Starting in the spring 2013, I videotaped the lectures
for my *MATH 676: Finite element methods in scientific
computing* course
at the KAMU TV studio at
Texas A&M. These are lectures
on many aspects of scientific computing, software,
and the practical aspects of the finite element method, as
well as their implementation in the
deal.II software library. Support
for creating these videos was also provided by the
National Science Foundation and
the Computational
Infrastructure in Geodynamics.

**Note 1:** In some of the videos, I demonstrate code or user
interfaces. If you can't read the text, change the
video quality by clicking on the "gear" symbol at the
bottom right of the YouTube player.

**Note 2:**
deal.II is an
actively developed library, and in the course of this
development we occasionally deprecate and remove
functionality. In some cases, this implies that we also
change tutorial programs, but the nature of videos is that
this is not reflected in something that may have been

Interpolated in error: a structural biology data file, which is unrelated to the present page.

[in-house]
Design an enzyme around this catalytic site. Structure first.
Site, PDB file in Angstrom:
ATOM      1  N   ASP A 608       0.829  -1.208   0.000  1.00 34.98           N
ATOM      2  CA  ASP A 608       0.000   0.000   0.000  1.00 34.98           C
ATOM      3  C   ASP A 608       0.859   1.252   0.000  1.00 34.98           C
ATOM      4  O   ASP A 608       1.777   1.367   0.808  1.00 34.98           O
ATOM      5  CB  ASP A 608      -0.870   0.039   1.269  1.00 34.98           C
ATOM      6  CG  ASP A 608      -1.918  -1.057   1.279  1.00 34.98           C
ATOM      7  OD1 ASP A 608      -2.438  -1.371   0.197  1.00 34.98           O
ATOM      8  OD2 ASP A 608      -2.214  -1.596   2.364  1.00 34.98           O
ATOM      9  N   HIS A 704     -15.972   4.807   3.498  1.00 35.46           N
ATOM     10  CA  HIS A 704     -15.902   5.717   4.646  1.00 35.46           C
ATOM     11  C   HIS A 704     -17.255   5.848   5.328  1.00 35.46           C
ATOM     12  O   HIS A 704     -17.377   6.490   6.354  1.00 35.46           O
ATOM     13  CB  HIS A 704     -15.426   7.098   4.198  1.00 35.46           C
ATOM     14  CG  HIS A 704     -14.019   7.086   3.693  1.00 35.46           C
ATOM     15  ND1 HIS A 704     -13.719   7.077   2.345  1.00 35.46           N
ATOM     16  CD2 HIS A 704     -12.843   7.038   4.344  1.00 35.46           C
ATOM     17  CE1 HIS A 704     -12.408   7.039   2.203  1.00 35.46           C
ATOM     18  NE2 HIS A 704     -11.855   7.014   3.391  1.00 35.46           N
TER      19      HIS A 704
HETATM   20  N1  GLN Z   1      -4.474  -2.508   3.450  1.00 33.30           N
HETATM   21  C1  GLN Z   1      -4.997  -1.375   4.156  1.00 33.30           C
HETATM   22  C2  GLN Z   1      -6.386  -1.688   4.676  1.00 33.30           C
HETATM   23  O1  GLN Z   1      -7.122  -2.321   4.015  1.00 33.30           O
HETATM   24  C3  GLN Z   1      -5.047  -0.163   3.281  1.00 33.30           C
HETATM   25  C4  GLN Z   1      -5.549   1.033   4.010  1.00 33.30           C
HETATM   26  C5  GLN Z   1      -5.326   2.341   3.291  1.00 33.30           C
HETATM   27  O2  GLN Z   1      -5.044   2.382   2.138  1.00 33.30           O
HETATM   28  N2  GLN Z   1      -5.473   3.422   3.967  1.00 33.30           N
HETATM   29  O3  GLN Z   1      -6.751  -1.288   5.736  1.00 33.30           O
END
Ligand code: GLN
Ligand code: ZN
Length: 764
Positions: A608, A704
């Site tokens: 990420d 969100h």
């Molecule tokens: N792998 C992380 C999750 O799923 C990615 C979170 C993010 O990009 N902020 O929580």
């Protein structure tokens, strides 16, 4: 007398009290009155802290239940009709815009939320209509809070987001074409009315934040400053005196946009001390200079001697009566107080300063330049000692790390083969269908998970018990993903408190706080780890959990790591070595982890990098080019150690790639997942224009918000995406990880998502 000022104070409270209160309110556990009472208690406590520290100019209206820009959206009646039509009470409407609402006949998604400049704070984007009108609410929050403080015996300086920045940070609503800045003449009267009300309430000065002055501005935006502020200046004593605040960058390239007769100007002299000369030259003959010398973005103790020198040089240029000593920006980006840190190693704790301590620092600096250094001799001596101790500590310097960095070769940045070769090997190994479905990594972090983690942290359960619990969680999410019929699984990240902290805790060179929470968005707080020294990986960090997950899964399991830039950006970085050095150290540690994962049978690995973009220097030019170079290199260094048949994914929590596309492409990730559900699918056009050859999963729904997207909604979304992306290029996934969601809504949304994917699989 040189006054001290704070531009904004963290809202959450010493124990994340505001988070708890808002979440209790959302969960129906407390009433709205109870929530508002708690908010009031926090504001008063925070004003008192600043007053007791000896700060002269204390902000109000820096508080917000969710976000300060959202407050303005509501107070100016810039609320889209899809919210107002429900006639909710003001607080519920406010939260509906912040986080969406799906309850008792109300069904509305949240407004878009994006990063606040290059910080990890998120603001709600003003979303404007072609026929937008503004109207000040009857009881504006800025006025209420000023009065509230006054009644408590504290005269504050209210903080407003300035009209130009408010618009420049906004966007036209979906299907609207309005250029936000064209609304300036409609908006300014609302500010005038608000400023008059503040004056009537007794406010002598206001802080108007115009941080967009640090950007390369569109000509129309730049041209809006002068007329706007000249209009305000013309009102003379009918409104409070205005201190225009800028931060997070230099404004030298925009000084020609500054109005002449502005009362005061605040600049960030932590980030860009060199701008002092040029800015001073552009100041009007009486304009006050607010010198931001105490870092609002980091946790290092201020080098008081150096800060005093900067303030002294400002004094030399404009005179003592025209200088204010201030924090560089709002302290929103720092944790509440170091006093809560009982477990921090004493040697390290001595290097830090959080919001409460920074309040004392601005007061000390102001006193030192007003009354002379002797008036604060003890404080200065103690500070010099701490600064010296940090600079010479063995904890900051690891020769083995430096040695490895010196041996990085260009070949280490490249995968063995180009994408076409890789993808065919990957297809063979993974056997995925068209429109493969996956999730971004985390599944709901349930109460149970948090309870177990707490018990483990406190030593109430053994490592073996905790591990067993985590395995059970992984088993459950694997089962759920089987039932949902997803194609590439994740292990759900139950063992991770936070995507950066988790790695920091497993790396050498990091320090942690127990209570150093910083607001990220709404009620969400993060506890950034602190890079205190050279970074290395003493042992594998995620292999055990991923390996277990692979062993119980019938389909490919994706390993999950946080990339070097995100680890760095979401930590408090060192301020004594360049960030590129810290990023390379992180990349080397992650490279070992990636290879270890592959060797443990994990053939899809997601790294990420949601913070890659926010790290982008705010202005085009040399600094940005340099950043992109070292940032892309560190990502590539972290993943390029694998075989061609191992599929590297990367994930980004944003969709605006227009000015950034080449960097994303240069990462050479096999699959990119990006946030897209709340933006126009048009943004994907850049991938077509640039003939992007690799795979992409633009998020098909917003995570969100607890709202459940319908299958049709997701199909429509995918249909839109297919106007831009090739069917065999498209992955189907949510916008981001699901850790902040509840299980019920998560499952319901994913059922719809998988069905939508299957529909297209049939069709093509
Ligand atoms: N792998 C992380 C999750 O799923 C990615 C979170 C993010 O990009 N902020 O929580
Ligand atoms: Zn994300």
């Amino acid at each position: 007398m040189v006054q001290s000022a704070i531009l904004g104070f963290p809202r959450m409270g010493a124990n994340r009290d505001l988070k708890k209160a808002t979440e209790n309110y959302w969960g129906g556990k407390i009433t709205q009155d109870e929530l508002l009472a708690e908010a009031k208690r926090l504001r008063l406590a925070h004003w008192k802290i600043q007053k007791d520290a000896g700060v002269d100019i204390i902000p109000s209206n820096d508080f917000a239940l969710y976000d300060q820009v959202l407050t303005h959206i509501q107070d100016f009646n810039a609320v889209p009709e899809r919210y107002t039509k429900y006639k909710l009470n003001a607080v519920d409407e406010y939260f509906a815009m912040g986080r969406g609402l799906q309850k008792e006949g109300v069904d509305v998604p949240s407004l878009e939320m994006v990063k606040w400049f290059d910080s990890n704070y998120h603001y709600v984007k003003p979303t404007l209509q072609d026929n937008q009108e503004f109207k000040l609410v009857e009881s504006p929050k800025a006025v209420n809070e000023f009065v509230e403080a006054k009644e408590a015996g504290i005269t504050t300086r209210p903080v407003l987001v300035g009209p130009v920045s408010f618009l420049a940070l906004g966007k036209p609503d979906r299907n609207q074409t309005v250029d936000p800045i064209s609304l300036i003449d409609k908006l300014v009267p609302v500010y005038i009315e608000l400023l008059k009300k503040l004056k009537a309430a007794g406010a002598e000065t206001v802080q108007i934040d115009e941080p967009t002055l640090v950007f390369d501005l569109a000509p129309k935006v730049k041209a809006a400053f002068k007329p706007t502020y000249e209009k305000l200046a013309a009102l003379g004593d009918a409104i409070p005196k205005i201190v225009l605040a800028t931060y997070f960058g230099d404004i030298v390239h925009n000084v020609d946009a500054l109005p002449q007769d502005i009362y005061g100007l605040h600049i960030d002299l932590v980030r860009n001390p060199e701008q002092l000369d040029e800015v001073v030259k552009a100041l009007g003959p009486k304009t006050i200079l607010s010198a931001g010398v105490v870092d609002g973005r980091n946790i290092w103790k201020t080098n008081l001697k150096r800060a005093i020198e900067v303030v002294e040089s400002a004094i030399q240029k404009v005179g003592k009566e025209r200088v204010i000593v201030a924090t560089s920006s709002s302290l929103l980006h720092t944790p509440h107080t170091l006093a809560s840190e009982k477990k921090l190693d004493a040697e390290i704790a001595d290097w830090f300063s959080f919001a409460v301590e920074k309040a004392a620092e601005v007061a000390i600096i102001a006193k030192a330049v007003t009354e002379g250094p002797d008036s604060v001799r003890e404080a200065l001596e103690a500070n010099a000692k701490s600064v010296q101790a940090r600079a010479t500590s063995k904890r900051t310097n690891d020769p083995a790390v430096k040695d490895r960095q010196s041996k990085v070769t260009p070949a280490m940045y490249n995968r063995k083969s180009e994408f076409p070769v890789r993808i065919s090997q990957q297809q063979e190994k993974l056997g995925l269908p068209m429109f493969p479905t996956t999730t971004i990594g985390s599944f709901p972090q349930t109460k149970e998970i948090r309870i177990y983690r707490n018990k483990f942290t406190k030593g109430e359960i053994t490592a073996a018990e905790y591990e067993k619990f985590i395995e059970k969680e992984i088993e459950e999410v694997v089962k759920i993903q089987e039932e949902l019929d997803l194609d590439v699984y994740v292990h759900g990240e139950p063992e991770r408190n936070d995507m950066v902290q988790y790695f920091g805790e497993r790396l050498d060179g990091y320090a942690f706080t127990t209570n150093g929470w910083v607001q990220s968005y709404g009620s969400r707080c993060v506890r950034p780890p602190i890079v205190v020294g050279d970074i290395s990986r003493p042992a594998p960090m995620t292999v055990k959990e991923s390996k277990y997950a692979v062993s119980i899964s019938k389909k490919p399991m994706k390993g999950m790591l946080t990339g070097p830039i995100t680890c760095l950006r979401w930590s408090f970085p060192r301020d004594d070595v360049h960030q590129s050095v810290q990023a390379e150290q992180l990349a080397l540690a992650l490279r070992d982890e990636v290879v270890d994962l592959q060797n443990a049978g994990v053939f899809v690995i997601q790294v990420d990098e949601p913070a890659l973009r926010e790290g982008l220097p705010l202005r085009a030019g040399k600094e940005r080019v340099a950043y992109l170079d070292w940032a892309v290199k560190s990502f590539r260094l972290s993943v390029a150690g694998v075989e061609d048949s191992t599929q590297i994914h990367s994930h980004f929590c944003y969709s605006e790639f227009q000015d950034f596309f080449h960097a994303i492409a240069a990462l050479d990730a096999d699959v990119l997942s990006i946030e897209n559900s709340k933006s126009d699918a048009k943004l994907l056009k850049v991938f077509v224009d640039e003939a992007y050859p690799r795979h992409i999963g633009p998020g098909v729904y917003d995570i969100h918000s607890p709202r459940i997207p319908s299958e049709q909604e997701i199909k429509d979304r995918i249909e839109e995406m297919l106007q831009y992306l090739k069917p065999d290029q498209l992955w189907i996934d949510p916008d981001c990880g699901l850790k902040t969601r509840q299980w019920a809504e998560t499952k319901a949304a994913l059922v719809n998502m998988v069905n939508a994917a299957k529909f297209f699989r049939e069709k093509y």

recorded years ago. If in doubt, consult
the *current* version of the tutorial.

**Lecture 3.9: The ideas behind the finite element method. Part 1: Approximation**

While these lectures are not meant as a complete course on the finite element method, it is worth discussing some of the underlying principles and ideas of the finite element method. Specifically, there are two key ideas to it:

- We seek a
*function*that approximates the exact solution. How do we approximate best? It turns out that piecewise polynomial approximation is the way to go. - Once we know what
*kind*of approximation we want, we need to say how we are actually going to*find*this approximate solution.

This lecture is about the first of these two points: Approximating the solution, and specifically why piecewise polynomial approximation is such a good idea.

**Slides:** click here